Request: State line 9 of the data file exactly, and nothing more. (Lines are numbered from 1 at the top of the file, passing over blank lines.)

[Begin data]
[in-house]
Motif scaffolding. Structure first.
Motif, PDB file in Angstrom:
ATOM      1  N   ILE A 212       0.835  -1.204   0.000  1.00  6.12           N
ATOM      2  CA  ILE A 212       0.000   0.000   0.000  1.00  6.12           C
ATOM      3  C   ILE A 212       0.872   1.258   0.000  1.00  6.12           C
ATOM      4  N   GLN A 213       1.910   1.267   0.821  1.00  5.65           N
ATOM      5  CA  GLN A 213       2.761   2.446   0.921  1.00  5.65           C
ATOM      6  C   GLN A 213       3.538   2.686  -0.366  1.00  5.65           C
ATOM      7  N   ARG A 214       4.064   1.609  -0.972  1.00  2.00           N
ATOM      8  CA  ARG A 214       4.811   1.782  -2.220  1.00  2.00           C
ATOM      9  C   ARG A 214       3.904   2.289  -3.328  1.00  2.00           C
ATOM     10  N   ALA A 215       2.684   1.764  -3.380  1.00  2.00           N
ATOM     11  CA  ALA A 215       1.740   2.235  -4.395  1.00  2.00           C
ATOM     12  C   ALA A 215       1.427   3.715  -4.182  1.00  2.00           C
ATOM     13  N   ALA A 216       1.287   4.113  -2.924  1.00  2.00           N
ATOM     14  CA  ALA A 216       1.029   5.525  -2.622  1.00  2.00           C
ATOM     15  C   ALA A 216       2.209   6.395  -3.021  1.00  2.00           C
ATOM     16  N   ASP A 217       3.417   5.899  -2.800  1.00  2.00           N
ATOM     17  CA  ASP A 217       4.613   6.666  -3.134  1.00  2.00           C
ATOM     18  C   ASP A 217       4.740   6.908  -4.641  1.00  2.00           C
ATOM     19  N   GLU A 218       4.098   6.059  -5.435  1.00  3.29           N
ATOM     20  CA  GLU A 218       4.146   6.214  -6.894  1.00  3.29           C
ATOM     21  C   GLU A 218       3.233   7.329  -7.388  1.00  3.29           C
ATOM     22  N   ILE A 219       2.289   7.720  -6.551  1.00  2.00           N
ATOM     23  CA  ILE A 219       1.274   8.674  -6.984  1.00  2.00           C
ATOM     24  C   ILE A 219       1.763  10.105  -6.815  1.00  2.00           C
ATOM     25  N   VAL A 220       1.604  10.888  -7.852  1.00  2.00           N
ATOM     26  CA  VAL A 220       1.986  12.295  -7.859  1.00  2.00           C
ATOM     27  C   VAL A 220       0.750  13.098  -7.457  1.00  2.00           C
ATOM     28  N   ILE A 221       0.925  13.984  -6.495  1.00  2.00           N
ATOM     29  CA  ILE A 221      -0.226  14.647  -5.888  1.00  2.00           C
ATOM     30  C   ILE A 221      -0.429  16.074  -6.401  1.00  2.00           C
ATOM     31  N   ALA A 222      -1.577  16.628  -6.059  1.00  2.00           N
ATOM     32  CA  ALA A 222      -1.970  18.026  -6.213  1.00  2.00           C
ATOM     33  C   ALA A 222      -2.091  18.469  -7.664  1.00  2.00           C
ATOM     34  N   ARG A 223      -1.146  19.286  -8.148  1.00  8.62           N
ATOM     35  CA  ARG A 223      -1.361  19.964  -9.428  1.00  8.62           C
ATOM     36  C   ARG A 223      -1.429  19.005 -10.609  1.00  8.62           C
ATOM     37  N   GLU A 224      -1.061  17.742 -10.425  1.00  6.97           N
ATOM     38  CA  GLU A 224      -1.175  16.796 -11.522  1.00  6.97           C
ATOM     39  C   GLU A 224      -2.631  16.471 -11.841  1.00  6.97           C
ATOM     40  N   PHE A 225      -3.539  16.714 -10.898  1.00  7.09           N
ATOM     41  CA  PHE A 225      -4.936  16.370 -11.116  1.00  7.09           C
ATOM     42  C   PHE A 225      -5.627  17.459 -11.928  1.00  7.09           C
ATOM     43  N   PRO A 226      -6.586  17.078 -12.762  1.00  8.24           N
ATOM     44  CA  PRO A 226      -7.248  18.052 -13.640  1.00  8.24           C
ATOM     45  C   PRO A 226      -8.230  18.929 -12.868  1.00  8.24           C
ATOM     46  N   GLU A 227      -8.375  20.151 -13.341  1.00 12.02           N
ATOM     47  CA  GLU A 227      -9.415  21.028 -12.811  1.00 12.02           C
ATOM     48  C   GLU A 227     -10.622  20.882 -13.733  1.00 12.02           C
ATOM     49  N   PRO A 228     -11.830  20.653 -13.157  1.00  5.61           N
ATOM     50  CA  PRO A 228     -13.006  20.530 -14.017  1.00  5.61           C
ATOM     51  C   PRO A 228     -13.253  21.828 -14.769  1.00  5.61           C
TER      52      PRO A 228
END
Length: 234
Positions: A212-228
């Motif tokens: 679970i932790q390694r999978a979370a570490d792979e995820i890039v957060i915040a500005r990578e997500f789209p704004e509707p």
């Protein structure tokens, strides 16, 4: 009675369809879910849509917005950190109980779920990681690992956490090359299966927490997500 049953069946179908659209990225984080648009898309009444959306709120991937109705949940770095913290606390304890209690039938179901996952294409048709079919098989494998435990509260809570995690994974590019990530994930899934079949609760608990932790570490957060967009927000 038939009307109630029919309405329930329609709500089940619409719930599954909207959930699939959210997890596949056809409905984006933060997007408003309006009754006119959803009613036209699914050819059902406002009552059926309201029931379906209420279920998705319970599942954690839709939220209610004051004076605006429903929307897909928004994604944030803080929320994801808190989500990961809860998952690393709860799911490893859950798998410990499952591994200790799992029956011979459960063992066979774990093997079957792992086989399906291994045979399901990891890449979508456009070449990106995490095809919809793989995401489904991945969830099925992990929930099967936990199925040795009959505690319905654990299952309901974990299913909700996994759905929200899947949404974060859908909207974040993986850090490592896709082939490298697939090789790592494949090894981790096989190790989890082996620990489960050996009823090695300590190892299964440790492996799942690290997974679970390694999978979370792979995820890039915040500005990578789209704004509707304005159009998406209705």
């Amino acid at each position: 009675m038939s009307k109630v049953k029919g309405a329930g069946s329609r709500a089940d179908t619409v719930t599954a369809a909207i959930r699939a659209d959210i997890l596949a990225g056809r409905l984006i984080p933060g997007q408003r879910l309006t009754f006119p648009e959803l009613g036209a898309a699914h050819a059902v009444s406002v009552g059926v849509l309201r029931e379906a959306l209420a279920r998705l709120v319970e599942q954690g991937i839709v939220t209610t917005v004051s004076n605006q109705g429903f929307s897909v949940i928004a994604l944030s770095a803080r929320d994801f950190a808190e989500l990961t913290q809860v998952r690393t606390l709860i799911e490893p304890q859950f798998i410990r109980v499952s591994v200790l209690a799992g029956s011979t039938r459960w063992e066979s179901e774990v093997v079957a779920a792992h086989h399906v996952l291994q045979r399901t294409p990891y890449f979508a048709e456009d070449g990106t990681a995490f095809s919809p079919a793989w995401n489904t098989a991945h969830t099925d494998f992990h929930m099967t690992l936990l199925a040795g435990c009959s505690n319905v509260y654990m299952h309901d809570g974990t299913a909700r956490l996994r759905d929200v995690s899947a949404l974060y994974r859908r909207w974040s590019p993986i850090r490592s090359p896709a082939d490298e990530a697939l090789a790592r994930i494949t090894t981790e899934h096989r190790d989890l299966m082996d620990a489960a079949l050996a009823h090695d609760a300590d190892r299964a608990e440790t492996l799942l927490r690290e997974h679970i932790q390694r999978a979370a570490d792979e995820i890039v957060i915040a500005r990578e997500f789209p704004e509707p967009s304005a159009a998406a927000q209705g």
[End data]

ATOM      6  C   GLN A 213       3.538   2.686  -0.366  1.00  5.65           C